Drunk

Moulin Tochais, so much better than a caberet

Easily some of the best wines I have ever tasted passed my lips last week at Carloine’s Fine Wine Cellar. We enjoyed a vertical tasting of Moulin Tochais from the vintages ‘98, ‘95, ‘91, ‘90, ‘82, ‘80, ‘77, and ‘75. The tasting  was presided over by the jovial and quotable Ken Forrester of Ken Forrester Wines.

Moulin Touchais is situated in the Coteaux du Layon region of the Loire Valley, and their sweet wines come from that grape of many guises, Chenin Blanc. It is no secret that I am rather partial to Chenin; I am continually amazed at how many different expressions this grape is capable of, and last Thursday I was introduced to some supremely good examples.

Ken Forrester is one of South Africa’s biggest Chenin advocates, and he claims  that Chenin is the world’s finest white grape. I think he might have a point, although I know a few people who would shake their heads tut tutting and and say that Riesling is the finest white grape in the world. As for me? I’ll take a bottle of each thanks.

The tasting kicked off with the Ken Forrester Chenin 2009 which was a typical example, pear drops on the nose with a whisper of toasty oak; the palate was quite tight and the acidity had great lines. A pretty good bargain at R72 from Caroline’s.

One the big boys of South Africa Chin is The FMC which is made from a single vineyard of 42 year old bush vines that are meticulously cared for, for example each bunch can only have 17 leaves which means that in terms of maintenance these bush vines are better manicured and cared for than me.

We tasted the 2008 whose nose was large and rich with hints of botrytis coming though in the form of dried apricots that followed on to the palate accompanied by a minerally edge. This wine is wide, quite creamy and voluptuous rather than fat, sticky and flabby. The sturdy acidity keeps the 12.5 grams of residual sugar under control. Although I prefer a little more elegance in my Chenins this is undoubtedly still one of SA’s Chenin flag bearers.

Then came the wines that made me feel like a house built by fool-hardy pigs, and these wines hardly had to huff or puff. We started with the ‘98 and immediately the length struck me, one of my notes reads “this is what length is about”. The time all their flavours spent on the palate was almost never ending; seriously, after leaving the tasting, driving to a restaurant and ordering a bottle of wine I could still feel those wines hanging about. That’s longer than Ron Jeremy my friends.

The way these wines are harvested seems to be the secret to their longevity (in bottle not palate, but I’m sure it helps the latter as well). Some of the grapes are picked quite early ensuring lots of acidity, while thew rest are picked at later and later stages allowing for high sugar levels and concentration. Although I have read that these wines are unaffected by noble rot, I found that some Botrytis came through on the ‘95 which was elegant, rich and so so fresh85MoulinTouchais .  I began to understand what I had read about these wines only starting to show their quality after a decade. This one made some of our more recent Noble Late Harvests seem geriatric.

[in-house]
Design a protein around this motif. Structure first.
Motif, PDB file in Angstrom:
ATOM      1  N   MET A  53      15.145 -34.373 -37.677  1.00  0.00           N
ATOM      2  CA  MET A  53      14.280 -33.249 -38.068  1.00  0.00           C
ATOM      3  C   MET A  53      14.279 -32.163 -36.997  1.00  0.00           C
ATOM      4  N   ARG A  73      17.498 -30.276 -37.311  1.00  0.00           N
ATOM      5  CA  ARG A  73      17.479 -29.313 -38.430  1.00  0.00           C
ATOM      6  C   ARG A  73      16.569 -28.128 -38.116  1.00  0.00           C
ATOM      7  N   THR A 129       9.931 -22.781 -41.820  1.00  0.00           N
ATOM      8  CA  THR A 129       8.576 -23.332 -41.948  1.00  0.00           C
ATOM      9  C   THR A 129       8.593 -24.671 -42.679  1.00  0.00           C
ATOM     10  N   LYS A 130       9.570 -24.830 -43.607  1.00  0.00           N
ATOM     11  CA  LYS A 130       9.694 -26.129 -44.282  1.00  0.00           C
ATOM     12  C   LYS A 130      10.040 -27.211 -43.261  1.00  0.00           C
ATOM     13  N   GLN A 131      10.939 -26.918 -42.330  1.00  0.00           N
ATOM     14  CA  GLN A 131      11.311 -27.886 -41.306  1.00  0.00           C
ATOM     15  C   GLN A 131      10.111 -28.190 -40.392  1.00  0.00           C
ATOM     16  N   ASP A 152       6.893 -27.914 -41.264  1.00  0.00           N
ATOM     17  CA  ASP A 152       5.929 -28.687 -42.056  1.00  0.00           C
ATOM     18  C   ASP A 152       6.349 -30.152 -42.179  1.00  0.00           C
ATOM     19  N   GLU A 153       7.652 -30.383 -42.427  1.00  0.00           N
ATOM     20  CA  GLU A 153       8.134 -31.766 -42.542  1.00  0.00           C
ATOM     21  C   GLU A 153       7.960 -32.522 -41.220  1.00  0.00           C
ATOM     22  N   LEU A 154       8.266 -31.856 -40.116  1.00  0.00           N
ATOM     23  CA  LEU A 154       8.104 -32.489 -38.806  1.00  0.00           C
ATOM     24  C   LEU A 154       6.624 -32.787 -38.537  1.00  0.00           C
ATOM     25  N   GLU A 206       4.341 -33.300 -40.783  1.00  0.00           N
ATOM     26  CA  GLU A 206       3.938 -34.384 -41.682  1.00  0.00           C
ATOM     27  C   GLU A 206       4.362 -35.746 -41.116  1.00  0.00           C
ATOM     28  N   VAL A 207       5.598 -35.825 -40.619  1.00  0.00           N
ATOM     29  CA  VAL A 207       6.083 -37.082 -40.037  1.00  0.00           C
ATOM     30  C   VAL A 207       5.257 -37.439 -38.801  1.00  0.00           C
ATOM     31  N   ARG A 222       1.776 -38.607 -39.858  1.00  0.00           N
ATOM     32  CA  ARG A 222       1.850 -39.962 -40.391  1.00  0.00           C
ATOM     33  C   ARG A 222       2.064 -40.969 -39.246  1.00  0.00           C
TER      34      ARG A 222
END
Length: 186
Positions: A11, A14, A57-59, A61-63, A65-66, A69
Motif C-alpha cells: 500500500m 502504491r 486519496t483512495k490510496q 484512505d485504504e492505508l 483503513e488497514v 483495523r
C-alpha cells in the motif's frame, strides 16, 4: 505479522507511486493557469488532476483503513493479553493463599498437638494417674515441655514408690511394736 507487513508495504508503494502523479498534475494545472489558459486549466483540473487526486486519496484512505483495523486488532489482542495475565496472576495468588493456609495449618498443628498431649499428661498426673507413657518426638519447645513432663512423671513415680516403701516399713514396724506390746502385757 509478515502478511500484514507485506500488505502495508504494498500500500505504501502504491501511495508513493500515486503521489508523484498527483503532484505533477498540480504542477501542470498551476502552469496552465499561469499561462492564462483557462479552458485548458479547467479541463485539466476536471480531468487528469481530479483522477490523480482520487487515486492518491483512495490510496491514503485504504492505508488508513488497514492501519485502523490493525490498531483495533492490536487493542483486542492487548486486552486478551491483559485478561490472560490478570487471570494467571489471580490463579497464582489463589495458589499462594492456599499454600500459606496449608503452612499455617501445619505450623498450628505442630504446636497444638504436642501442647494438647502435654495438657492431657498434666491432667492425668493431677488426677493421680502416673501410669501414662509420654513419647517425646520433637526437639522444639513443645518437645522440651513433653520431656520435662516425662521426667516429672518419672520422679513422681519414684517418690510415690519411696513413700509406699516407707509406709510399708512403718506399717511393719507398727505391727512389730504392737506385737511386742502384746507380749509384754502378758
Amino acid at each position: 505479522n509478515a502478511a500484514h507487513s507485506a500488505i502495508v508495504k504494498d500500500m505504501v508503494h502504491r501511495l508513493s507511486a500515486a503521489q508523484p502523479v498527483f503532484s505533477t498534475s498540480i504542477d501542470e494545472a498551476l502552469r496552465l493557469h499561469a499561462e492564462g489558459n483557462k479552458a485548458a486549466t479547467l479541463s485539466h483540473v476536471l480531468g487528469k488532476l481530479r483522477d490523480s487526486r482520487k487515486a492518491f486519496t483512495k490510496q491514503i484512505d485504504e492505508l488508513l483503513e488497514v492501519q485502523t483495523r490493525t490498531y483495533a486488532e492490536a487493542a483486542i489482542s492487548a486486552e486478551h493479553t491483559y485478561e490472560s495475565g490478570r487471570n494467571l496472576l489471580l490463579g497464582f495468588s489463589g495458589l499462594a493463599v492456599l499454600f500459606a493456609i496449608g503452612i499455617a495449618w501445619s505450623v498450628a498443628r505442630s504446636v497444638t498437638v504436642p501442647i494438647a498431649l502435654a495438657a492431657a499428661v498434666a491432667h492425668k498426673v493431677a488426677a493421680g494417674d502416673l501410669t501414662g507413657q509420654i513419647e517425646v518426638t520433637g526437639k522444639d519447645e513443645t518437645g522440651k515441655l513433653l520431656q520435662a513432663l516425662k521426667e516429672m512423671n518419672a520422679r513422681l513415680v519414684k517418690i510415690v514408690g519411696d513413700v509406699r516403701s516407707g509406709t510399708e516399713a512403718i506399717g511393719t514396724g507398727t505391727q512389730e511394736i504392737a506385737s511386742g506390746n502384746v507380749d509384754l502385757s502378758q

The ‘90 was dainty and restrained, and Ken waxed lyrical comparing it to a light-footed ballerina (what is with men and their wine and women comparisons?). I picked up a sort of latex note which made me tell crude jokes about Ken and ballerinas. They were not very funny. There was a leaness to this wine which I guess is where Ken was going with daintiness; not my favourite but that’s like saying I prefer Shakespeare to Milton, it is a stylistic thing, not a qualitative thing.

The ‘82 was my favourite, it was more complex than the mind of a woman and just as beautiful (me too, I know). The flavours ranged from onion skins to tropical fruit, with a shrubby character somewhere as well, but also lemon, honey and spice. The acidity was taught and gave the wine a linear feel. I have not tasted a better sweet wine. Possibly the best wine I have ever tasted; I could have had the whole bottle to myself, in the corner, giggling all the while. The sugar – as in each and every wine – was handled deftly by the acidity, and not once did I get any cloying, flabby or sticky vibes.

The ‘77 was richer than the previous wines and was more oxidative in character, with a brandy like nose that I enjoyed while some at the table 11032010126didn’t. It was slithery and squishy at the same time; also very complex with dried pineapple and apricots, and a spicy nutty element. Like chewing on some roasted almonds while walking past a spice shop. Understand that these flavours and smells were fleeting and mingled amongst each other, hard to pin down, but making the experience of drinking all the more enjoyable.

What amazed me most about these wines was their freshness, especially as two of them were over thirty years old. I would love to taste them again in another thirty years time or more as these wines can age for 100 years (reread that: 100 years, wow, I’ll never make it that far), but unfortunately for me the few bottles that were left for sale (at silly prices, they were only around R300-R400) were snapped up before I could get to the shelf. When I reached the shelf some old crones were hugging the bottles to their bosoms cackling at me; I wanted to tell them they’d be dead before these wines peaked.  Instead I just smiled and said, “ooooh lucky you” before scouring the tables for any left-overs of the ‘82.

An interesting point was made by Ken before the tasting began, he said “Chenin has the ability to remember its flavour and return it twenty to forty years later,” which was absolutely true here. You could taste the Chenin in these wines, the fruit still expressing itself 30 years later. Amazing.

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